Audit Committee Bulletin: January 2014

The dangers of groupthink

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Groupthink: A mode of thinking where pressure for unanimity overwhelms motivation to appraise the alternative courses of action realistically.

With the campaign for boardroom diversity enjoying a headwind across the globe, awareness of the danger of groupthink has grown exponentially. Yet it has the power to influence boards and audit committees.

One reason groupthink takes hold is because it’s a largely unconscious dynamic. Without conflict around ideas, participants feel comfortable and can readily agree on a solution. All sides feel validated — and remain unaware of the impending danger.

“Diversity is a powerful way to avoid groupthink, as people’s minds won’t be programmed to think in the same way.” – Peter Matthews, Chair of Global Learning at EY

Minimizing groupthink

Board and audit committees can minimize the possibility of groupthink. The chair has a critical role in boosting interaction between board members and in setting the tone for board deliberations.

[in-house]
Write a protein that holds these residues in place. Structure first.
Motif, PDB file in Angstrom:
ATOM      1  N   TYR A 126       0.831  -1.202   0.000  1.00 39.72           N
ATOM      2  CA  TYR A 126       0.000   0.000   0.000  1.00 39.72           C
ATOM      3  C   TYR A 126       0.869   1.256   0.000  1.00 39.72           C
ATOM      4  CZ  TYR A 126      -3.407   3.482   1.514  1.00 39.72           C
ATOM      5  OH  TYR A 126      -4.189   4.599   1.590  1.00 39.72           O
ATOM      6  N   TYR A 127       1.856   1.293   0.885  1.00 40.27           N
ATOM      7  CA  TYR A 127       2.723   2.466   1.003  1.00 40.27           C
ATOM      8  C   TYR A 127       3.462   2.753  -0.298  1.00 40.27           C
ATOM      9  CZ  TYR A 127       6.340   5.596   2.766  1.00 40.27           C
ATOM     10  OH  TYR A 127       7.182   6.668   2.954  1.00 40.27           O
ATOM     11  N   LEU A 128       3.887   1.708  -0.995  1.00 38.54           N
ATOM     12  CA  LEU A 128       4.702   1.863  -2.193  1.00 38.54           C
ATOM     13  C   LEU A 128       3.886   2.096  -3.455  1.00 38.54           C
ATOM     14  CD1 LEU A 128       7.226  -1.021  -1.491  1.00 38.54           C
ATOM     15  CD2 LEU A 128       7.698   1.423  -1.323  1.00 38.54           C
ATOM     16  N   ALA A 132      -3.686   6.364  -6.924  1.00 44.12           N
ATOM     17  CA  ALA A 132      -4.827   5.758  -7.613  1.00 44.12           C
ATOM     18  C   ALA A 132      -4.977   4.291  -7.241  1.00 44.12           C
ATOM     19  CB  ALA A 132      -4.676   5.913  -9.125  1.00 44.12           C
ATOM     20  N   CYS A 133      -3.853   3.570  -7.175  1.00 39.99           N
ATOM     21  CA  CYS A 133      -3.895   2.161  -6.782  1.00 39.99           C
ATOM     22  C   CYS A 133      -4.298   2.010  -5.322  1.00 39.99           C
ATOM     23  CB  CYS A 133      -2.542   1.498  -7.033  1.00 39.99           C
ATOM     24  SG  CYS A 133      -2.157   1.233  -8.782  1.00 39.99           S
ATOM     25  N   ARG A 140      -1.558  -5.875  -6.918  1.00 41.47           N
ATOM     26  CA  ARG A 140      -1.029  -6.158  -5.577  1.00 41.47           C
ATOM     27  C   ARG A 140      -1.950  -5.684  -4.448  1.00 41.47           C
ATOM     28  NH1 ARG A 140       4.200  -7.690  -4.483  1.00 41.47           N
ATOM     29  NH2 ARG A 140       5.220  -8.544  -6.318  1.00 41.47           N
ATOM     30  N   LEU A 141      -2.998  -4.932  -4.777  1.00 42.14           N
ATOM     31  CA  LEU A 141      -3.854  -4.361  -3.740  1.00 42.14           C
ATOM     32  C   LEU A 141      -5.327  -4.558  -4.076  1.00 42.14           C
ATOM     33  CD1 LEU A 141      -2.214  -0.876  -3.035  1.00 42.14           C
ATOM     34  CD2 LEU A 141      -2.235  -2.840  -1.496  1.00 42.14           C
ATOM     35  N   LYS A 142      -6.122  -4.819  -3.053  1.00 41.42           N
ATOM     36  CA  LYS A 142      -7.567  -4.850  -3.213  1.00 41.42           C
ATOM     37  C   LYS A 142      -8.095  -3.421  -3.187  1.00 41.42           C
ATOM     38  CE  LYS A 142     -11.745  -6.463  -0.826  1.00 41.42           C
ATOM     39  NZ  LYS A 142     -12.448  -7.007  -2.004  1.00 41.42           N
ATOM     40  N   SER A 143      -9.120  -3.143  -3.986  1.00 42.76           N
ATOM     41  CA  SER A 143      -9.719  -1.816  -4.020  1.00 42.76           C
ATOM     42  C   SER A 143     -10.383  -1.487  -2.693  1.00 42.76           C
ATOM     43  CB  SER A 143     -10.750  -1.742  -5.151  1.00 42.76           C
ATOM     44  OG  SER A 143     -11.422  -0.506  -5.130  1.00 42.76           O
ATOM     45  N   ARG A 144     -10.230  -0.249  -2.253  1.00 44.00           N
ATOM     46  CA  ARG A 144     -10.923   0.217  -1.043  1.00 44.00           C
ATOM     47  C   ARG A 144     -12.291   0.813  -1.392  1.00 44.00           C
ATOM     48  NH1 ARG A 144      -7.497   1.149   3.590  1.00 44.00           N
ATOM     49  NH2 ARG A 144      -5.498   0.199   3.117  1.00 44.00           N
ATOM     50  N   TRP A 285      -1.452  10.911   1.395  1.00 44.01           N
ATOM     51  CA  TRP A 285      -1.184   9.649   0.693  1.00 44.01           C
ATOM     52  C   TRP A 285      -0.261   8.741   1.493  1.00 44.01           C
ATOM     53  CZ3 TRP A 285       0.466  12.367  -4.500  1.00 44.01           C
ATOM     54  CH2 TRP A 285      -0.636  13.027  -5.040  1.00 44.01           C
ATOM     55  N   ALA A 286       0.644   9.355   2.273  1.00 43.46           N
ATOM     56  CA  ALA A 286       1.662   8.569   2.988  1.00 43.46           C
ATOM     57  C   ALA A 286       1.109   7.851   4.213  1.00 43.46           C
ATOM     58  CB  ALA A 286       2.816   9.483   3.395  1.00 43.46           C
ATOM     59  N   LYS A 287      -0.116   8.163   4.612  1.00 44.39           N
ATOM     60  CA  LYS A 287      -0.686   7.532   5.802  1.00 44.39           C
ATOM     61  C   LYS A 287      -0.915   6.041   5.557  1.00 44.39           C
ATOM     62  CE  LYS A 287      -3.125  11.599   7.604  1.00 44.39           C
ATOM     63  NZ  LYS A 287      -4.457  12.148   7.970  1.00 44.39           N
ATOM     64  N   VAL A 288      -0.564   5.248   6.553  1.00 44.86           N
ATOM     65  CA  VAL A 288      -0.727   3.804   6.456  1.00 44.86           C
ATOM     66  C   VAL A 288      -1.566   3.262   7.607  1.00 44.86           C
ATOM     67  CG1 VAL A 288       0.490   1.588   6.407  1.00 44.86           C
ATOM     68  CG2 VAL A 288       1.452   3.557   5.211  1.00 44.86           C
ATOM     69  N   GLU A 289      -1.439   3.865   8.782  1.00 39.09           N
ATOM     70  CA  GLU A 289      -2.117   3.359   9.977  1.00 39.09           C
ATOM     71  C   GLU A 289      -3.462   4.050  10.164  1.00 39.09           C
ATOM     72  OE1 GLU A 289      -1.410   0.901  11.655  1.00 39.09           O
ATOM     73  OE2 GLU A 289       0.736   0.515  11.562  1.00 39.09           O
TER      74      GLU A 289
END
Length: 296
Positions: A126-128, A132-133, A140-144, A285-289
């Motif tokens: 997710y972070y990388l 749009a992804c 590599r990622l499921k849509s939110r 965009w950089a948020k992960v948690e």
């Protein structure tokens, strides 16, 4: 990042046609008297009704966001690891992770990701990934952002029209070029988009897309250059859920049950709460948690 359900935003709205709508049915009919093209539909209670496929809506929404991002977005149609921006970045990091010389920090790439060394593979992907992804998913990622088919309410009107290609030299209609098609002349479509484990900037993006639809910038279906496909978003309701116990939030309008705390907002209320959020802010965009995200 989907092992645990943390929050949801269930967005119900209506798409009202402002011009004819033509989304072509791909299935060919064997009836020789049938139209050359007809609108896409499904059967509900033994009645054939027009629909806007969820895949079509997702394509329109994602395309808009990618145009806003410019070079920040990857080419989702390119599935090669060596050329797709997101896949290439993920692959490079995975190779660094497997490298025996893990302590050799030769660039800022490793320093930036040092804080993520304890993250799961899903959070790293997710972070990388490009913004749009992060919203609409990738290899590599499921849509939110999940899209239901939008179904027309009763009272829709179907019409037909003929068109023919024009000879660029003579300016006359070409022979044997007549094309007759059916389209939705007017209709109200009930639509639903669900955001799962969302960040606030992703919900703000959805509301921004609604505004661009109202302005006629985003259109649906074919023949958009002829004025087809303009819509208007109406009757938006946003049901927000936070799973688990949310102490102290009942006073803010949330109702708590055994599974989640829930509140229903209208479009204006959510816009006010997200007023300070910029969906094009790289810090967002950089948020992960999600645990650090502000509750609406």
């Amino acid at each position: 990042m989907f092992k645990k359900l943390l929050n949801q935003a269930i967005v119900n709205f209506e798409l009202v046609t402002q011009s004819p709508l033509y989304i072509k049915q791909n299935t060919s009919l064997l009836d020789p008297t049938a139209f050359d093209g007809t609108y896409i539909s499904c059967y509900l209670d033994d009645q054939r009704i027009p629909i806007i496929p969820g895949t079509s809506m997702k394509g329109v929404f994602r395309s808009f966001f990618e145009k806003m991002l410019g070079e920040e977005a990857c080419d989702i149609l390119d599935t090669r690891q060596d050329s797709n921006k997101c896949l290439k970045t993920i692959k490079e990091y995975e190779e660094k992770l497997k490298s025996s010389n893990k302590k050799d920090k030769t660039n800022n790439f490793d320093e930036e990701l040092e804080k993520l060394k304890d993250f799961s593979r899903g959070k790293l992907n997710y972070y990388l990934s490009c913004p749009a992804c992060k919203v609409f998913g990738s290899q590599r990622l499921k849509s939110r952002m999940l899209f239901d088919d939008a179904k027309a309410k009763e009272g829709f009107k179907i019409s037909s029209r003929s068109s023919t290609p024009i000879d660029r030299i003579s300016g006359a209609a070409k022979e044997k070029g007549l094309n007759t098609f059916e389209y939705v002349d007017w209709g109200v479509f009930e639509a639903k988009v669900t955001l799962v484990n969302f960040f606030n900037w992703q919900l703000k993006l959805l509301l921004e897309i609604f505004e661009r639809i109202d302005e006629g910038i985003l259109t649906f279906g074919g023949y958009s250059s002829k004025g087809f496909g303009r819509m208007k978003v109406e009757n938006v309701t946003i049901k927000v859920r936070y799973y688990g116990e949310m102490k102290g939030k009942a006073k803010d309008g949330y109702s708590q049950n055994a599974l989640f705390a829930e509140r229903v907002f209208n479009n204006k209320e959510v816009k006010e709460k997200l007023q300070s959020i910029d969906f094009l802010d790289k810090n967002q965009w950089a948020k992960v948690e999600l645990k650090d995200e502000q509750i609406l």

EY Assurance professional Josh K. Jones says: “In the most effective audit committees, we have observed a variety of methods to encourage the mutual sharing of views. That includes the leader taking the time to create that environment, being proactive and asking for different perspectives from people who might not always get their views heard.”

Boardroom effectiveness reviews can also prove useful in understanding the board’s approach and style and can bring an independent outside perspective.

A diverse board and committee can be crucial.

“Diversity is a powerful way to avoid groupthink, as people’s minds won’t be programmed to think in the same way,” says Peter Matthews, Chair of Global Learning at EY.

“The idea of having a board that has people of the same educational background, the same career experiences, the same sex, the same ethnic background, means that you won’t get the variety of experiences that enable the best decision to be made.”

Non-executive directors, an increasingly valuable source of diverse talent, can provide senior expertise to review and challenge decisions — a role that is only improved by their informed detachment.

However, companies should take care not to negate these potential advantages by only hiring experienced, familiar non-executive directors. Rather than rely solely on their own networks and recommendations to recruit, firms may need to advertise openly to overcome assumptions about where talent can, or should, be found.